Tuesday, 20 January 2015

Not your standard round up by K. M. Lockwood

When I see a long column of words, my heart sinks. I don’t want to read a boring list and I suspect neither do you. So instead of a Books I have read in 2014, I’m doing something else.
Don’t look back, you’re not going that way.
Good advice. The only purpose of reflecting on the past is seeing how far you’ve gone – and using this to plan ahead. In short, looking for patterns.
You could say I am cheating by looking at the reviews I’ve done since March 2012 – or you could be kind and say it gives better data. Either way, in an entirely anecdotal and unscientific manner, I’m going to extrapolate some trends I think are happening in fiction for young people. I’m sticking to the ones I like because I can – and there’s enough gloom out there thank you very much.
Doh a deer, a female deer… Where to start? My first review – Mister Creecher. This contains two themes I enjoy: metafiction and Victoriana. Just so I’m making myself clear, my definition of metafiction is literature that consciously refers to previous writing. So Chris Priestley using Mary Wollstonecraft Shelley’s creature from Frankenstein is precisely what I mean.  It doesn’t have to be serious – the joyful Goth Girl books play merrily with clever references to all sorts of writing. But it works best of all when the allusions add depth to the story – such as in Whitstable and The Last of the Spirits.  This trend rewards readers who have a good track record.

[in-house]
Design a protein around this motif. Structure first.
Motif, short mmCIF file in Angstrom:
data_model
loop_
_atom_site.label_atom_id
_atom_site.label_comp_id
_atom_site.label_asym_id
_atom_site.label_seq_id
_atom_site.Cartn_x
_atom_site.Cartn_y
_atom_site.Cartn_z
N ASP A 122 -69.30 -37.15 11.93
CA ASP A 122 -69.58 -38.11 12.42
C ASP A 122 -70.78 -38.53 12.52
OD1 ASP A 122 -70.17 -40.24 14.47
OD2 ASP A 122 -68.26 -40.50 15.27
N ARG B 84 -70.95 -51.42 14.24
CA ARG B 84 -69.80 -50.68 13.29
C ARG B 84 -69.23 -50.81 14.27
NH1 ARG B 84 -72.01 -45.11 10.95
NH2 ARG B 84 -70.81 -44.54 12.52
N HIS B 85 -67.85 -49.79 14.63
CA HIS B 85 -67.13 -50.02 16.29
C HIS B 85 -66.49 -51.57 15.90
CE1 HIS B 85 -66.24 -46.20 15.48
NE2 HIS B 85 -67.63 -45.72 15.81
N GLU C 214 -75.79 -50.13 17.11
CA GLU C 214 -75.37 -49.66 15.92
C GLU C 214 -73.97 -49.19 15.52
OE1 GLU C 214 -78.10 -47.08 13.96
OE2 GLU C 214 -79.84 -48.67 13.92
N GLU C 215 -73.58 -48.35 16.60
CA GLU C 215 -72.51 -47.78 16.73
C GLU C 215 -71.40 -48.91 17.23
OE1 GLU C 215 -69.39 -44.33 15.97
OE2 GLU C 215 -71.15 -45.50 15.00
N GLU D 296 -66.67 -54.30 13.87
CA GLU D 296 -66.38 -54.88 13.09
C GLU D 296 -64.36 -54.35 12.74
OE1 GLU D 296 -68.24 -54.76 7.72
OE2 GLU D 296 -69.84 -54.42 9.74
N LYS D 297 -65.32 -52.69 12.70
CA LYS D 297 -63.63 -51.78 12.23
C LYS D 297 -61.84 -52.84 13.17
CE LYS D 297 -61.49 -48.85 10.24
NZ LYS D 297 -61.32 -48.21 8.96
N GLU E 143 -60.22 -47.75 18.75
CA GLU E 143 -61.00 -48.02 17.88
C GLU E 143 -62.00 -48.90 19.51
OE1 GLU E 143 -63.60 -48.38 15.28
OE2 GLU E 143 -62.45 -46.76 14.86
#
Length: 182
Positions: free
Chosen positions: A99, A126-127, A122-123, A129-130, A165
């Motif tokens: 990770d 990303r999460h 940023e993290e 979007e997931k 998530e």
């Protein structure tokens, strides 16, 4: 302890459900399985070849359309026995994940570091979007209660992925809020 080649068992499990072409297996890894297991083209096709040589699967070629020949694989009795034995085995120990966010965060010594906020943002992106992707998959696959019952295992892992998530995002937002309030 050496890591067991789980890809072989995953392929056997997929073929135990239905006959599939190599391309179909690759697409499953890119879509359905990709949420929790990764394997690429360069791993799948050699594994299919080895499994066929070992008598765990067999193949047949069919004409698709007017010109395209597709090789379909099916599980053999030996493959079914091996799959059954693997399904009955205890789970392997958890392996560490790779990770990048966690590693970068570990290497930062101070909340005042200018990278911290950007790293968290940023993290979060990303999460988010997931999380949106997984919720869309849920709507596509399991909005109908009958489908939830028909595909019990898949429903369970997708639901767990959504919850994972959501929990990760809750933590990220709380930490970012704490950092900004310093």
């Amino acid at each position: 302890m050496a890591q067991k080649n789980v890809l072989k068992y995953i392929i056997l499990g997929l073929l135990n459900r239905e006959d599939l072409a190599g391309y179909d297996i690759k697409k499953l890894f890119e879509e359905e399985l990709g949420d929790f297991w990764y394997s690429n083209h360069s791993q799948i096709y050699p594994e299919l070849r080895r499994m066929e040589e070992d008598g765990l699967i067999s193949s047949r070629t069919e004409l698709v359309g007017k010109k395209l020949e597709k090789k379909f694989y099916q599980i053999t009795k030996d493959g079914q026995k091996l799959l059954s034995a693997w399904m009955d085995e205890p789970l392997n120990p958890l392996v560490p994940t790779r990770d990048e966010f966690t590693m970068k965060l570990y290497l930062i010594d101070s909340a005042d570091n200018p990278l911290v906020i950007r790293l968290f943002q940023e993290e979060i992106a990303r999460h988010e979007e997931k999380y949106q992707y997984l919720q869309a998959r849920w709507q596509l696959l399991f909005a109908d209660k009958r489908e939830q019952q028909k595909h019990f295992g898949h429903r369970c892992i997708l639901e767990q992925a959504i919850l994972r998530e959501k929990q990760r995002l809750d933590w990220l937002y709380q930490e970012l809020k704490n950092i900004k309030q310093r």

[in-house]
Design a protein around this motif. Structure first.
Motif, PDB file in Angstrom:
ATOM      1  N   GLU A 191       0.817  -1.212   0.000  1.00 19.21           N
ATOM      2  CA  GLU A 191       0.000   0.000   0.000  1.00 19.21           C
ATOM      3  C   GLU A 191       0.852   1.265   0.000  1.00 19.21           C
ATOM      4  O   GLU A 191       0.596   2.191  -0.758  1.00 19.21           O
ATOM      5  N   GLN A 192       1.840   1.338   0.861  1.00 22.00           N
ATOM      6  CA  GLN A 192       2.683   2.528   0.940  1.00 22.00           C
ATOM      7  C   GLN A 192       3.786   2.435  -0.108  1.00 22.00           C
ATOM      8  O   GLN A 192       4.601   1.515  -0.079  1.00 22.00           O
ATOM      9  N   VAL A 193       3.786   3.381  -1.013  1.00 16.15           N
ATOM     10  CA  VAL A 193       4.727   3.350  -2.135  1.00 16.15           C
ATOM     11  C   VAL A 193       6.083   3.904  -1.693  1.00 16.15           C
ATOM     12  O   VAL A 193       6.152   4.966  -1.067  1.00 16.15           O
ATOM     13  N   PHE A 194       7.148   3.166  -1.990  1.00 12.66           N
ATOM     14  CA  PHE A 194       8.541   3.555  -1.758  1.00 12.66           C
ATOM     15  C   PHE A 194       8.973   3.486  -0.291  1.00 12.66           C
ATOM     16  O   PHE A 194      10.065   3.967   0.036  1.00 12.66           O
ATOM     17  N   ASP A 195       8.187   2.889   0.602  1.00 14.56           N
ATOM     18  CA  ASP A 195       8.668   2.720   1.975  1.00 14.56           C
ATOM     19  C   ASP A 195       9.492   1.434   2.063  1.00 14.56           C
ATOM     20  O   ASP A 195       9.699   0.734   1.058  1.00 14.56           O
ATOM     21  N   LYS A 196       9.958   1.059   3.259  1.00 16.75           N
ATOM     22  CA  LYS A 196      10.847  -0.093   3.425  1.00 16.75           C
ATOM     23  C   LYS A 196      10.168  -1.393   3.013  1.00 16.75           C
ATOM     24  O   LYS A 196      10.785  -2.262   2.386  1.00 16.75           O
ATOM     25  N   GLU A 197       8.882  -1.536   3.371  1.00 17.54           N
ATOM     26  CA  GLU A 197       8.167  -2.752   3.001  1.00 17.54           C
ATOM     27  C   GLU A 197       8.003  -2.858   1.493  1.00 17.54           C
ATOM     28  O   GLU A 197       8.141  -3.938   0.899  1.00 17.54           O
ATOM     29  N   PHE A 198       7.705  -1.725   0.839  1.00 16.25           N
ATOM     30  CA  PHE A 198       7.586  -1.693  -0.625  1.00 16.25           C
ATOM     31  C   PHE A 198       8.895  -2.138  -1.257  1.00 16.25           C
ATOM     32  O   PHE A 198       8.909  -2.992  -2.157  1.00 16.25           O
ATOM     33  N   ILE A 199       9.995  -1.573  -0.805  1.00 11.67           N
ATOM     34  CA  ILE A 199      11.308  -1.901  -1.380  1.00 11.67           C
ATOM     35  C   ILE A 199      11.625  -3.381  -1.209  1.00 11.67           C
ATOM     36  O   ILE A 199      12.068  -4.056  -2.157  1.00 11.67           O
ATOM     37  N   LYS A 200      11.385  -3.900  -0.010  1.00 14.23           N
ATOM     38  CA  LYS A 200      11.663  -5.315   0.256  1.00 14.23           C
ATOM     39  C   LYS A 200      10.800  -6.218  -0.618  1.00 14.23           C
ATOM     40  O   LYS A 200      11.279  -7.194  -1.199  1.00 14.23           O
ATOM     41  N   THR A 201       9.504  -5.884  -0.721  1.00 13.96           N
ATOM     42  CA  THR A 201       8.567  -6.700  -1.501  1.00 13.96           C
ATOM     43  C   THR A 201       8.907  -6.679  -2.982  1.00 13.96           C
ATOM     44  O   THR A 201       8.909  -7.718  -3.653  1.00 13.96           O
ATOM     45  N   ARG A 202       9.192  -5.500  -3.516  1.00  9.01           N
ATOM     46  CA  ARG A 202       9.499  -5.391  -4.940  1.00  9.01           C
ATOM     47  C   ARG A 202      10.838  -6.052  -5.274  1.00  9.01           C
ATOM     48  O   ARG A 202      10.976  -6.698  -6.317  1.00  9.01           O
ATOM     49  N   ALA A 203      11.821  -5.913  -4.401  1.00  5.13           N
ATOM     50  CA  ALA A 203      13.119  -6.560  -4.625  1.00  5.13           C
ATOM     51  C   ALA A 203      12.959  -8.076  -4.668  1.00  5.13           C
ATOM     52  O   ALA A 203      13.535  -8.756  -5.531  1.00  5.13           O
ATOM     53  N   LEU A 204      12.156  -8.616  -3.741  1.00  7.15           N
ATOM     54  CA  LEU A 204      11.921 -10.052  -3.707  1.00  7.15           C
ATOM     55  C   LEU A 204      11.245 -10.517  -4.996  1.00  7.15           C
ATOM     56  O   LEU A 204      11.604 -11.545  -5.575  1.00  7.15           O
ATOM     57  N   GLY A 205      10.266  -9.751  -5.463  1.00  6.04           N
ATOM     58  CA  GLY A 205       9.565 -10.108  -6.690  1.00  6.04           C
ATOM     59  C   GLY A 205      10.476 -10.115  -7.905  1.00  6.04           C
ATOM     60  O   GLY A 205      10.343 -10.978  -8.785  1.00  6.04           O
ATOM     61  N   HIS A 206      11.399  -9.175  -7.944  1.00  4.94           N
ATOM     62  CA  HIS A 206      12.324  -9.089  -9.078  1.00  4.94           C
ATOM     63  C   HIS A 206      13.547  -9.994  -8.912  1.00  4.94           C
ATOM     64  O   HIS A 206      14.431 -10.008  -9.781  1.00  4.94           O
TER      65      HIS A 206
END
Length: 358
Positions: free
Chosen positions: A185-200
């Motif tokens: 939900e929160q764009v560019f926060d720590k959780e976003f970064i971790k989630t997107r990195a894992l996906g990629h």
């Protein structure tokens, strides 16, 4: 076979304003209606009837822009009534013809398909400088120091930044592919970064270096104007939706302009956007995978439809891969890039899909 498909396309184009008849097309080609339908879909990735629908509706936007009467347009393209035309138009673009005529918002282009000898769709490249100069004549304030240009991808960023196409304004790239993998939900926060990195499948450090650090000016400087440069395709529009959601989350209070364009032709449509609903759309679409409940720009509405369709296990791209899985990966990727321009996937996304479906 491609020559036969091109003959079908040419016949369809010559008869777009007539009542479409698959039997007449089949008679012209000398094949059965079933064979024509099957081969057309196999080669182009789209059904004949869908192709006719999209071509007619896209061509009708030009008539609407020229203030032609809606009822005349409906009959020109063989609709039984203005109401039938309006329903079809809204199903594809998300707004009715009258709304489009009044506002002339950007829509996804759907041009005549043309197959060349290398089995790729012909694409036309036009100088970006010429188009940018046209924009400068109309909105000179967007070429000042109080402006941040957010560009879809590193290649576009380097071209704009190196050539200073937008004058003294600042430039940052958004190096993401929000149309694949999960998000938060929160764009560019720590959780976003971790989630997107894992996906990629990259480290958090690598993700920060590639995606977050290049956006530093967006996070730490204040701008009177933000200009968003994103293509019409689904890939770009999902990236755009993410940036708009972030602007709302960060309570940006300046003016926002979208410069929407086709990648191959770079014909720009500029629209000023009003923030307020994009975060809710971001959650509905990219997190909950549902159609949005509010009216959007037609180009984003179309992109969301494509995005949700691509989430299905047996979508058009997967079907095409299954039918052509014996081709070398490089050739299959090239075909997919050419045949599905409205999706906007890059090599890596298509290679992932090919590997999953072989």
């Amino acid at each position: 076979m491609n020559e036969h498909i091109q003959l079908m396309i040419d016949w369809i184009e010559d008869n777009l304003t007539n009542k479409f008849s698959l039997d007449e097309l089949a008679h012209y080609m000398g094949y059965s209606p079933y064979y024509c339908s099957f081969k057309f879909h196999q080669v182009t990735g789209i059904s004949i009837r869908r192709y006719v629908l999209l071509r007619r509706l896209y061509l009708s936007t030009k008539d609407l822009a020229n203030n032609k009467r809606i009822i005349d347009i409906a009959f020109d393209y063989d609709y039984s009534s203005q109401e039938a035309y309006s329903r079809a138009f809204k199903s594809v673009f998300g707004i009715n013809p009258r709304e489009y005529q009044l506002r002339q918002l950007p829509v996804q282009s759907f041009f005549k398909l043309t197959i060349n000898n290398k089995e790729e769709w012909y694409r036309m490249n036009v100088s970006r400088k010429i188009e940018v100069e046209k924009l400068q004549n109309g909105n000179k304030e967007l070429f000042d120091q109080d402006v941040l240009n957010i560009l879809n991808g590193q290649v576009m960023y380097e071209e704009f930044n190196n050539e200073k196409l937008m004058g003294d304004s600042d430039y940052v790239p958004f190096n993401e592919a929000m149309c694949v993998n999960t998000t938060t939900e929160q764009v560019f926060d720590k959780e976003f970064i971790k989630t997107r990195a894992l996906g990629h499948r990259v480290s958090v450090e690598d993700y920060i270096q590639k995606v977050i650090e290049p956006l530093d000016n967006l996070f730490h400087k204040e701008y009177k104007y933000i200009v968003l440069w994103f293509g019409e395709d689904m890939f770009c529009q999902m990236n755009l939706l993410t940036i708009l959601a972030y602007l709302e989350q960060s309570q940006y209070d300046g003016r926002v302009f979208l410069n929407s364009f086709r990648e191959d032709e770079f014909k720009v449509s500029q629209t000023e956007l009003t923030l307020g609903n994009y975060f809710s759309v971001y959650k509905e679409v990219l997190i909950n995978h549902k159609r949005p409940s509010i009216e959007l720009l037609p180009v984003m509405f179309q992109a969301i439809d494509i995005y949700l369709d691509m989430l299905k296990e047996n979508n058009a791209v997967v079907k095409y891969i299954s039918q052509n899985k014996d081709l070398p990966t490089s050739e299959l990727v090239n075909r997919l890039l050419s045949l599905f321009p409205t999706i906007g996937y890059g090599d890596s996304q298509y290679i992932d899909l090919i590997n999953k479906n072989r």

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Victoriana is definitely a thing. I love it. It’s so wide – from ‘steampunk’ fun like Etiquette & Espionage to eerie mysteries such as Frost Hollow Hall and The Visitors. Strictly speaking, the Penny Dreadful series by Christopher Edge are set in the Edwardian era – but that kind of world-building is the draw. You can get lost in it.
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Which brings me to my next theme – fabulously different worlds. Such a range - Yangsze Choo’s Ghost Bride, Candy Gourlay’s Shine and Jepp who defied the Stars by Katherine Marsh – use actual times and places in new and unusual ways. Sometimes the quality of writing is part of that world too – often challenging to read and a bit ‘marmite’ – but frequently worth it. Try Railsea, the Skyscraper Throne Trilogy, or anything by Frances Hardinge and Catherynne M. Valente if you’re feeling adventurous. 
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One trend I am sure many different kinds of reader will enjoy is the return of illustration. Oh, the fun of Oliver and the Seawigs or Fortunately the Milk is not merely doubled but squared by the design work. I want to cheer every time I see good production values: they can be for older readers too. Hoorah for graphic novels like Clockwork Angel, or sheer uncategorisable loveliness like The Sleeper and the Spindle.
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Finally, the controversial theme – the dark and uncompromising stories. I accept these are not to everyone’s taste, but I defend their right to be written. The point of the best ones – like Tinder, The Killing Woods, Amity and Sorrow or Bone Jack, is that they do not patronise the young reader. The world has many dark places and to pretend it’s all like Disneyland, especially to teens, is ridiculous. 
Robert Schumann: "To send light into the darkness of men's hearts - such is the duty of the artist."
So I wonder if publishing in 2015 will carry on with these trends. Will there be more metafiction, wonderful artwork, Victoriana, diversity and darkness? Will something utterly new take over? As they say, read on to find out…

1 comment:

  1. Whoop! Just saw this. Thanks so much for the mention. Sounds like I'd better catch up on my Chris Priestley readings!

    ReplyDelete

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